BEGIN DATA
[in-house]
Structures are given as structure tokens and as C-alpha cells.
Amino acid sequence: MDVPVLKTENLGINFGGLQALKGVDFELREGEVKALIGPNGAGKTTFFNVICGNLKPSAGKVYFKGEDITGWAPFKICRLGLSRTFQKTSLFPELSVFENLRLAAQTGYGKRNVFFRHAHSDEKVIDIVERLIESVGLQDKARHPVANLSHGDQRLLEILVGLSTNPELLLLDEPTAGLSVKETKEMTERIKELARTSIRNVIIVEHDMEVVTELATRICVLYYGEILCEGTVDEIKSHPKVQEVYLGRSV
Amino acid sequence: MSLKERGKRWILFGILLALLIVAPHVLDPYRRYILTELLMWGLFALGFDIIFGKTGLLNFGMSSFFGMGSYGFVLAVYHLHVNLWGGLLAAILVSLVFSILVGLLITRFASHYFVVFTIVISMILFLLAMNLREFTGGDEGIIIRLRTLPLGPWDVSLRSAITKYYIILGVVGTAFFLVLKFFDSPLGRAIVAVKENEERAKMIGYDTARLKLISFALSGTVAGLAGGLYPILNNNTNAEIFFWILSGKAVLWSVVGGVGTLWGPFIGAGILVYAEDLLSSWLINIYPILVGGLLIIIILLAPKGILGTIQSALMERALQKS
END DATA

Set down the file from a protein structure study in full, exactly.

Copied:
[in-house]
Structures are given as structure tokens and as C-alpha cells.
Amino acid sequence: MDVPVLKTENLGINFGGLQALKGVDFELREGEVKALIGPNGAGKTTFFNVICGNLKPSAGKVYFKGEDITGWAPFKICRLGLSRTFQKTSLFPELSVFENLRLAAQTGYGKRNVFFRHAHSDEKVIDIVERLIESVGLQDKARHPVANLSHGDQRLLEILVGLSTNPELLLLDEPTAGLSVKETKEMTERIKELARTSIRNVIIVEHDMEVVTELATRICVLYYGEILCEGTVDEIKSHPKVQEVYLGRSV
Amino acid sequence: MSLKERGKRWILFGILLALLIVAPHVLDPYRRYILTELLMWGLFALGFDIIFGKTGLLNFGMSSFFGMGSYGFVLAVYHLHVNLWGGLLAAILVSLVFSILVGLLITRFASHYFVVFTIVISMILFLLAMNLREFTGGDEGIIIRLRTLPLGPWDVSLRSAITKYYIILGVVGTAFFLVLKFFDSPLGRAIVAVKENEERAKMIGYDTARLKLISFALSGTVAGLAGGLYPILNNNTNAEIFFWILSGKAVLWSVVGGVGTLWGPFIGAGILVYAEDLLSSWLINIYPILVGGLLIIIILLAPKGILGTIQSALMERALQKS